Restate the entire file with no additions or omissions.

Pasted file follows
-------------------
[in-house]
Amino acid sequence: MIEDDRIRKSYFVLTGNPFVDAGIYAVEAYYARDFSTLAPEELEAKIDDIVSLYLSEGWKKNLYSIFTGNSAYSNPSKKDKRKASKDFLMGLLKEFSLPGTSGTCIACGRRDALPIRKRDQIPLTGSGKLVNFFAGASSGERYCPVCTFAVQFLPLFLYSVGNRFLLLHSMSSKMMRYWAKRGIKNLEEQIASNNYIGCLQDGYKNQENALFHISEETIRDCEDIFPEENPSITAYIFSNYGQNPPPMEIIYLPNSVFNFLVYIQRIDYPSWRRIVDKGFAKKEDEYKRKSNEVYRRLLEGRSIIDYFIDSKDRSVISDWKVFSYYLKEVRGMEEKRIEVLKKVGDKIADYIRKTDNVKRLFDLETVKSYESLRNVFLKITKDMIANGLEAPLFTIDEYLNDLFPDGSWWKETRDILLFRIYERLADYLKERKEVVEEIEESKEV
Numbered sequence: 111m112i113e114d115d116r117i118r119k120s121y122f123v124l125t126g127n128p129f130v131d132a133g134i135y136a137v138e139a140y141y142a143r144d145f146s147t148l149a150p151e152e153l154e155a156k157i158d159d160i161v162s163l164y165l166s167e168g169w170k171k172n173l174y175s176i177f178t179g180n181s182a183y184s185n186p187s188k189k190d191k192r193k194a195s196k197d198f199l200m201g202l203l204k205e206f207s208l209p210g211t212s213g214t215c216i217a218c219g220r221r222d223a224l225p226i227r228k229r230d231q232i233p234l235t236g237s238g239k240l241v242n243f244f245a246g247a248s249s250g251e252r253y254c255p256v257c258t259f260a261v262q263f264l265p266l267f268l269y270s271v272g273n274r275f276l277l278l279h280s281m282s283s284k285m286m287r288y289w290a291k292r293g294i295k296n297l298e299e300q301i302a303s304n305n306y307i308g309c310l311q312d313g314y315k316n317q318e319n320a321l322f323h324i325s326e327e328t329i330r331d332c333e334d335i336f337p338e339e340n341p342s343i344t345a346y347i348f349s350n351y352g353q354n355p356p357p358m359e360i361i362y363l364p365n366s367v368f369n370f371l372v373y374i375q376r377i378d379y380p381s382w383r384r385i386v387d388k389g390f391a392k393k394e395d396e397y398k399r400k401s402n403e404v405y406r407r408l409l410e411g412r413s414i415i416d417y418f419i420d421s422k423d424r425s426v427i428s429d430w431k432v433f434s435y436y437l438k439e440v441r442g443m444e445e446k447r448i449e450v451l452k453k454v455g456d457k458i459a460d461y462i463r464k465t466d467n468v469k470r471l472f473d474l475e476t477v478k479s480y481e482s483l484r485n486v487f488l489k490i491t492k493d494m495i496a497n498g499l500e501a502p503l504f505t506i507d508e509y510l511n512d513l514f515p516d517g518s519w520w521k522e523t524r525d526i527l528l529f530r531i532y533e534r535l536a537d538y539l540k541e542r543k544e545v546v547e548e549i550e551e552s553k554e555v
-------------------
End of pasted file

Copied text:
[in-house]
Amino acid sequence: MIEDDRIRKSYFVLTGNPFVDAGIYAVEAYYARDFSTLAPEELEAKIDDIVSLYLSEGWKKNLYSIFTGNSAYSNPSKKDKRKASKDFLMGLLKEFSLPGTSGTCIACGRRDALPIRKRDQIPLTGSGKLVNFFAGASSGERYCPVCTFAVQFLPLFLYSVGNRFLLLHSMSSKMMRYWAKRGIKNLEEQIASNNYIGCLQDGYKNQENALFHISEETIRDCEDIFPEENPSITAYIFSNYGQNPPPMEIIYLPNSVFNFLVYIQRIDYPSWRRIVDKGFAKKEDEYKRKSNEVYRRLLEGRSIIDYFIDSKDRSVISDWKVFSYYLKEVRGMEEKRIEVLKKVGDKIADYIRKTDNVKRLFDLETVKSYESLRNVFLKITKDMIANGLEAPLFTIDEYLNDLFPDGSWWKETRDILLFRIYERLADYLKERKEVVEEIEESKEV
Numbered sequence: 111m112i113e114d115d116r117i118r119k120s121y122f123v124l125t126g127n128p129f130v131d132a133g134i135y136a137v138e139a140y141y142a143r144d145f146s147t148l149a150p151e152e153l154e155a156k157i158d159d160i161v162s163l164y165l166s167e168g169w170k171k172n173l174y175s176i177f178t179g180n181s182a183y184s185n186p187s188k189k190d191k192r193k194a195s196k197d198f199l200m201g202l203l204k205e206f207s208l209p210g211t212s213g214t215c216i217a218c219g220r221r222d223a224l225p226i227r228k229r230d231q232i233p234l235t236g237s238g239k240l241v242n243f244f245a246g247a248s249s250g251e252r253y254c255p256v257c258t259f260a261v262q263f264l265p266l267f268l269y270s271v272g273n274r275f276l277l278l279h280s281m282s283s284k285m286m287r288y289w290a291k292r293g294i295k296n297l298e299e300q301i302a303s304n305n306y307i308g309c310l311q312d313g314y315k316n317q318e319n320a321l322f323h324i325s326e327e328t329i330r331d332c333e334d335i336f337p338e339e340n341p342s343i344t345a346y347i348f349s350n351y352g353q354n355p356p357p358m359e360i361i362y363l364p365n366s367v368f369n370f371l372v373y374i375q376r377i378d379y380p381s382w383r384r385i386v387d388k389g390f391a392k393k394e395d396e397y398k399r400k401s402n403e404v405y406r407r408l409l410e411g412r413s414i415i416d417y418f419i420d421s422k423d424r425s426v427i428s429d430w431k432v433f434s435y436y437l438k439e440v441r442g443m444e445e446k447r448i449e450v451l452k453k454v455g456d457k458i459a460d461y462i463r464k465t466d467n468v469k470r471l472f473d474l475e476t477v478k479s480y481e482s483l484r485n486v487f488l489k490i491t492k493d494m495i496a497n498g499l500e501a502p503l504f505t506i507d508e509y510l511n512d513l514f515p516d517g518s519w520w521k522e523t524r525d526i527l528l529f530r531i532y533e534r535l536a537d538y539l540k541e542r543k544e545v546v547e548e549i550e551e552s553k554e555v